Once you’ve settled on the ins and outs of your service, the next step is to choose your target market. You’ll want to try and identify an audience that’ll be more inclined to hire you, so keep this in mind before offering your services. For example, if your speciality is home restoration, it would be a good idea to target neighbourhoods with older homes.

Make sure you also research your market beforehand to scout out the competition. If there are too many competitors in the area, you may need to rethink your business plan or location. Cities will tend to have more corporate design opportunities, such as in offices, but you’ll need a strong portfolio of work to secure repeat business in this area. Consider how to showcase your work and tailor examples to specific opportunities when you’re first meeting new customers.

Insuring your business

Sometimes clients might not be happy with your work, or you may experience technical difficulties with your equipment. That’s why you need the right insurance policies in place to save you from heavy financial losses. Here are the most important types for an interior design business:

  • Public liability insurance – This will protect you if a customer feels their property has been damaged by your work
  • Equipment breakdown insurance – CAD software is pretty essential to your work, so you need financial protection in the event that your computer malfunctions
  • Professional indemnity insurance – If a customer is unsatisfied with your work, you’ll be covered against any compensation or legal fees

Managing your finances

As you get your business up and running, make sure you keep a close eye on your finances. The only way you’ll know if you’re making profit is by monitoring your income and expenditure. This way, you can make adjustments to your business to ensure you’re making enough revenue at the end of the day. At the start you may find you’re operating at a loss, but this is expected after the upfront costs of equipment, supplies and such. If this is cause for concern however, you could take out a business loan to cover the expenses.

Don’t forget to file your taxes on a regular basis as part of your bookkeeping. Different taxes apply to different business structures, so it’s important to do your research. If you’re still unsure how to go about documenting your taxes, you can always hire an accountant to help out. For more advice on employing an accountant, read our guide here.

 

How do interior designers get clients?

Marketing is crucial to gaining more business. There are multiple approaches you can use to build your client base and raise your profile.

Digital marketing

Boosting your online presence is a major part of marketing, and joining Checkatrade is a sure-fire way to do this. When you become a member, your interior design business is opened up to over three million monthly site users that could become your clients. Not to mention you can enhance your profile by displaying client recommendations and showcasing images of your best finished work.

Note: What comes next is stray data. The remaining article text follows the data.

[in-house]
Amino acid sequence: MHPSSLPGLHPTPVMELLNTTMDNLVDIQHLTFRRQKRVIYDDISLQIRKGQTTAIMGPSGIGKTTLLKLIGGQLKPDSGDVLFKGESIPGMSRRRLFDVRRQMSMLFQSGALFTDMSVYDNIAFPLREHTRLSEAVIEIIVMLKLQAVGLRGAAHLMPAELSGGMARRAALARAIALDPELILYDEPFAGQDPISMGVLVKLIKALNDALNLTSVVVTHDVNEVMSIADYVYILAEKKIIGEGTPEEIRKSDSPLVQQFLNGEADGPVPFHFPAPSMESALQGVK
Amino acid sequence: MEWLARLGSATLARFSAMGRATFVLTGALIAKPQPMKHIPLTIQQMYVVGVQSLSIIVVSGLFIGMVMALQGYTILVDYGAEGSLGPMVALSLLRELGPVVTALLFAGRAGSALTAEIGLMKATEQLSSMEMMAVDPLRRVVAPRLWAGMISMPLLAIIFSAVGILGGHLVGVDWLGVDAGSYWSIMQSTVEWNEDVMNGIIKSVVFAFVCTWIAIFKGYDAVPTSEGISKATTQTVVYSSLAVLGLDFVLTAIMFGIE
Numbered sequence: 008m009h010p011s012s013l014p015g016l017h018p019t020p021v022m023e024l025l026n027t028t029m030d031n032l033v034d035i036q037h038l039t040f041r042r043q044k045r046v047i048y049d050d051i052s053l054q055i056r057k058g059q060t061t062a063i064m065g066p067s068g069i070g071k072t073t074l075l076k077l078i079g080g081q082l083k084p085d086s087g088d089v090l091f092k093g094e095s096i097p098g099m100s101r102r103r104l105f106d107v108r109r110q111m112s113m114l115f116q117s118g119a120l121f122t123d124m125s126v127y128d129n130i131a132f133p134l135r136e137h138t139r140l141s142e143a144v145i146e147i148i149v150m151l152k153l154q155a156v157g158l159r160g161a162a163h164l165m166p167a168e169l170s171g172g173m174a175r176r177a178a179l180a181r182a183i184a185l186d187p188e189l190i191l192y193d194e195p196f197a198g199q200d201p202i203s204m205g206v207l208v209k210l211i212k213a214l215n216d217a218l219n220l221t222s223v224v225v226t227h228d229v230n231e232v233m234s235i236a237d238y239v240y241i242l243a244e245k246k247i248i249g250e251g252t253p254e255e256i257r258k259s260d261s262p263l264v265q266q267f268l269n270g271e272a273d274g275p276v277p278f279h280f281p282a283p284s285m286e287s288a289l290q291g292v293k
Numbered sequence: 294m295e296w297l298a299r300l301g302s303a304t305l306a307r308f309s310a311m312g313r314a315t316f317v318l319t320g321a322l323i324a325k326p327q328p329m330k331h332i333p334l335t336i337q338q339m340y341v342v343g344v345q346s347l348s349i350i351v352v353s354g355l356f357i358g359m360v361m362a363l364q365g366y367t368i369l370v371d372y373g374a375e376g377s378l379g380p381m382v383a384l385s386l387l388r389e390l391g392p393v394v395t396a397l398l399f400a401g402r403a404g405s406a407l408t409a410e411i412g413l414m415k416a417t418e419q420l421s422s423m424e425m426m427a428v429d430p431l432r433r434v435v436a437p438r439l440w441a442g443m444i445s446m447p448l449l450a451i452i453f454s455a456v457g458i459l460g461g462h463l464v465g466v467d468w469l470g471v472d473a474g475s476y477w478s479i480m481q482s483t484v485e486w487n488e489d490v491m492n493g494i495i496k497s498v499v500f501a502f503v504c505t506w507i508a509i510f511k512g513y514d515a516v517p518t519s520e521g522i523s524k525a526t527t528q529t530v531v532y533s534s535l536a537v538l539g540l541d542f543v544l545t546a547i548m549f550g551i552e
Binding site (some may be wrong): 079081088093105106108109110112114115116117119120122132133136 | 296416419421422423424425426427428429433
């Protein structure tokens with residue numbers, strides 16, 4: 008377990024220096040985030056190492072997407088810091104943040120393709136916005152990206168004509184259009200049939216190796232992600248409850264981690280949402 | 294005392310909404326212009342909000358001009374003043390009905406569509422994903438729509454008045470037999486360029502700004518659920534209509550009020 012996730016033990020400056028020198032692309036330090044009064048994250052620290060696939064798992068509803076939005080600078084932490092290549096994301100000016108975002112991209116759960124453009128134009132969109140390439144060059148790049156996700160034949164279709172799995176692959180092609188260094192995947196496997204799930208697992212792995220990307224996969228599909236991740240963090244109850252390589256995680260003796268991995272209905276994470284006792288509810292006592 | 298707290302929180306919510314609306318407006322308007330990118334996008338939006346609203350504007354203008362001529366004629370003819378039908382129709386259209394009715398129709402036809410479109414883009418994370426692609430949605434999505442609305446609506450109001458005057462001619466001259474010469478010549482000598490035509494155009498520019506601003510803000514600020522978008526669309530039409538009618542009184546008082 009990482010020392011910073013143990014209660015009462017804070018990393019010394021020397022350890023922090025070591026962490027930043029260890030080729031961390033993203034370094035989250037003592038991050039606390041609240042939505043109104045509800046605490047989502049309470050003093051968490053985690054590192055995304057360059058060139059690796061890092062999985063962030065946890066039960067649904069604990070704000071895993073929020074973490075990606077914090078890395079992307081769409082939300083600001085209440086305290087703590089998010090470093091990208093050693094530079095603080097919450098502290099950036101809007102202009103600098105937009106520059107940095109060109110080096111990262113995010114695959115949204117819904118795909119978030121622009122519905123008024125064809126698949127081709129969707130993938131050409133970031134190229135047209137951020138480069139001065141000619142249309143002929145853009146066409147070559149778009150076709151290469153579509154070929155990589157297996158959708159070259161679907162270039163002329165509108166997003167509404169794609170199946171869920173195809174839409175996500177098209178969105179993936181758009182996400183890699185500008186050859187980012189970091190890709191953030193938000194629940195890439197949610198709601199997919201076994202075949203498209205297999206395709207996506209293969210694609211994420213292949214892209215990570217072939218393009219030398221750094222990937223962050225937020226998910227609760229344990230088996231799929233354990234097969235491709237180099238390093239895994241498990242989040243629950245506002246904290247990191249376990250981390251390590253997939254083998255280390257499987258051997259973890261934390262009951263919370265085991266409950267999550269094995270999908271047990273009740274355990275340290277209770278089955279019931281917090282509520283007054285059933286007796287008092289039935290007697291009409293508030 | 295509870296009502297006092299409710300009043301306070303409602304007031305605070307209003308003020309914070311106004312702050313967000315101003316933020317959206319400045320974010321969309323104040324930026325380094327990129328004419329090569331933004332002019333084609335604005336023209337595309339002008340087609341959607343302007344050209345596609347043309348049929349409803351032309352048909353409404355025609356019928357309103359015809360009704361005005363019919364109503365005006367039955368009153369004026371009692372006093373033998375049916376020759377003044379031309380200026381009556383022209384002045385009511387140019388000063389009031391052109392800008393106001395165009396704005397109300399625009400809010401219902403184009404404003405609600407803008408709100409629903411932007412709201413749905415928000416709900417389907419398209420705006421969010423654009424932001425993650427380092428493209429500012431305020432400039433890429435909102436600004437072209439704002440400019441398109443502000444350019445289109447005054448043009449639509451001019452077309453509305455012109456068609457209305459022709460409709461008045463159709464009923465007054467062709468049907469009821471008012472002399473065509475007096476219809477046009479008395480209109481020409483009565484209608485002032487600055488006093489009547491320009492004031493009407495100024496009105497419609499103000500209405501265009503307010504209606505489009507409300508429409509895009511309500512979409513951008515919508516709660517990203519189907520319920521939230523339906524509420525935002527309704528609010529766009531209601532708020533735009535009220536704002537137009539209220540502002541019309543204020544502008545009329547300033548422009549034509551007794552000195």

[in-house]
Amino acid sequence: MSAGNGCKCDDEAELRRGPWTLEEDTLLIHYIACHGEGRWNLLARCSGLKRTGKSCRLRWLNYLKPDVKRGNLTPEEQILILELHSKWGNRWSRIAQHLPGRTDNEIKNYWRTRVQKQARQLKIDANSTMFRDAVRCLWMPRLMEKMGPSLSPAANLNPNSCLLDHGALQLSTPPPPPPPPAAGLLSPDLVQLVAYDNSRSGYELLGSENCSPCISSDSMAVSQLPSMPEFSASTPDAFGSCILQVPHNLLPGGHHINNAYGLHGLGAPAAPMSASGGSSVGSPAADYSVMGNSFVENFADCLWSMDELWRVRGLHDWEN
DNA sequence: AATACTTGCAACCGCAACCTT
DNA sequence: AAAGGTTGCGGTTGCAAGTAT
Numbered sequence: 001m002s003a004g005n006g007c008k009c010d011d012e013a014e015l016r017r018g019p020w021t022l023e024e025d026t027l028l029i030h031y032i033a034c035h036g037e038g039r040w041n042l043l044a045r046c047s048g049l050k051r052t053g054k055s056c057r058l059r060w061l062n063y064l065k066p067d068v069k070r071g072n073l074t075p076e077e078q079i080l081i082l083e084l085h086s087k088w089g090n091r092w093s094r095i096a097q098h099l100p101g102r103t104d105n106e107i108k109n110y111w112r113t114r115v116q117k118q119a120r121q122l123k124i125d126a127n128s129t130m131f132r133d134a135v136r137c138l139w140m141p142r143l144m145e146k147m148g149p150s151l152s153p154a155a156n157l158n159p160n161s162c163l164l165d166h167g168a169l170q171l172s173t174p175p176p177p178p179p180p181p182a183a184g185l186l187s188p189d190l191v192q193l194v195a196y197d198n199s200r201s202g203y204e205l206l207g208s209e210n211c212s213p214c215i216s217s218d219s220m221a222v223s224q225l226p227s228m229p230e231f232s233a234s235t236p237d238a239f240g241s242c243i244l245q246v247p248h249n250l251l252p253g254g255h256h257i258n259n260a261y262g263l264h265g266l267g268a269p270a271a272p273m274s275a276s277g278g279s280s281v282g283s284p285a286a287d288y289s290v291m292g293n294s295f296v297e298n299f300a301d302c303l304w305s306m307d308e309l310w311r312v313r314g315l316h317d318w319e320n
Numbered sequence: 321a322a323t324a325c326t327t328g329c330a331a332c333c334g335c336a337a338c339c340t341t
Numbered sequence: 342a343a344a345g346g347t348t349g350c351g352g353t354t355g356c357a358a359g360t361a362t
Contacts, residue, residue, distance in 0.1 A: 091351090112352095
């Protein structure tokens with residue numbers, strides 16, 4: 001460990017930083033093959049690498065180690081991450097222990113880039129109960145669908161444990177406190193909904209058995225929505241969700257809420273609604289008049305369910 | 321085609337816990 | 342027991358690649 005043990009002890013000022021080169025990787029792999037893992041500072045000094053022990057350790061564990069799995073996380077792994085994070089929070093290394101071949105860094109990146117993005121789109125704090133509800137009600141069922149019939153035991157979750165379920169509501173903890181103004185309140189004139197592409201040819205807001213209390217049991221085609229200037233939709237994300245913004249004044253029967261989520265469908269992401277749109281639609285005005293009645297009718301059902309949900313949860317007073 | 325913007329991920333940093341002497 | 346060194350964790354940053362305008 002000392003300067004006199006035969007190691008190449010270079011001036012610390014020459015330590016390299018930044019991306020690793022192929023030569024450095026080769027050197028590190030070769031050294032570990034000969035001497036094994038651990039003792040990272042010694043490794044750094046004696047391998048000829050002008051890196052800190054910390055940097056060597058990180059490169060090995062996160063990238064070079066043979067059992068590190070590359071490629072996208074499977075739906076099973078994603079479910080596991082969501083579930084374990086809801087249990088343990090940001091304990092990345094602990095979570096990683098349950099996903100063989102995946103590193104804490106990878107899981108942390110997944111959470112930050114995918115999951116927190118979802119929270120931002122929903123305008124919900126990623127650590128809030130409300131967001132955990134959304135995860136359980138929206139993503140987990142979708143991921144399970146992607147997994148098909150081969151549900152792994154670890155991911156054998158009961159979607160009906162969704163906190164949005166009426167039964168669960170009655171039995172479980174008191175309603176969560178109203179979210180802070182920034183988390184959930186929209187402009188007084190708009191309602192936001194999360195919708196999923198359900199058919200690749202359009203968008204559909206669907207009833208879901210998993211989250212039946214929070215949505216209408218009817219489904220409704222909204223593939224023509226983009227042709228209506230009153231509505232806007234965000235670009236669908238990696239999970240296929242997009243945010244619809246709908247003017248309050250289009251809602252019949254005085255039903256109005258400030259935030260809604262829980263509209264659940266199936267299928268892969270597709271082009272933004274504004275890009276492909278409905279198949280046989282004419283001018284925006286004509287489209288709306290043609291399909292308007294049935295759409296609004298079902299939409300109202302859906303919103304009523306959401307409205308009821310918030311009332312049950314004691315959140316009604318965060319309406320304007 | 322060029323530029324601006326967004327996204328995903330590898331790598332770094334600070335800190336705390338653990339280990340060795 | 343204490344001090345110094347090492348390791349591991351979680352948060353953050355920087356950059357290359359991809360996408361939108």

Showing off your stunning designs is important in this field, so creating profiles on social media is essential for giving people an idea of what you can do. Building your online presence also gives you the chance to interact with other users and build new client relationships.

Setting up a website is another way to establish yourself, while also creating a useful contact point and source of information for clients. You can set this up yourself quite easily by using a simple website template, or you can hire a web designer to put together a more polished page.

Word-of-mouth

While digital marketing is really important, you shouldn’t ignore the value of gaining recommendations via word-of-mouth in a field like interior design. It’s still a really effective way of pulling in clients, so make sure you treat every job as unique. For more handy tips on building your reputation and making your business stand out, read our article here.

 

FAQs

How much does it cost to start an interior design business?

The average start-up cost for an interior design business is about £11,500, but this can vary depending on what equipment you already have and whether you’ll be setting up a studio for clients to visit.

 

Is an interior design business profitable?

Interior design is experiencing rising demand, so you’re likely to benefit from a steady stream of revenue if you nail your marketing. It also has low overheads to begin with, especially if you’re working on your own, so you can take home more of what you earn.

 

What’s an interior design business owner’s salary?

The average salary for interior designers is anywhere between £23,000 and £45,000 a year, but the best agencies often earn far more than this. Find a niche, develop a strong portfolio and take lessons from the most successful companies. You’ll be able to build on their successes and make the step into self-employment that bit easier.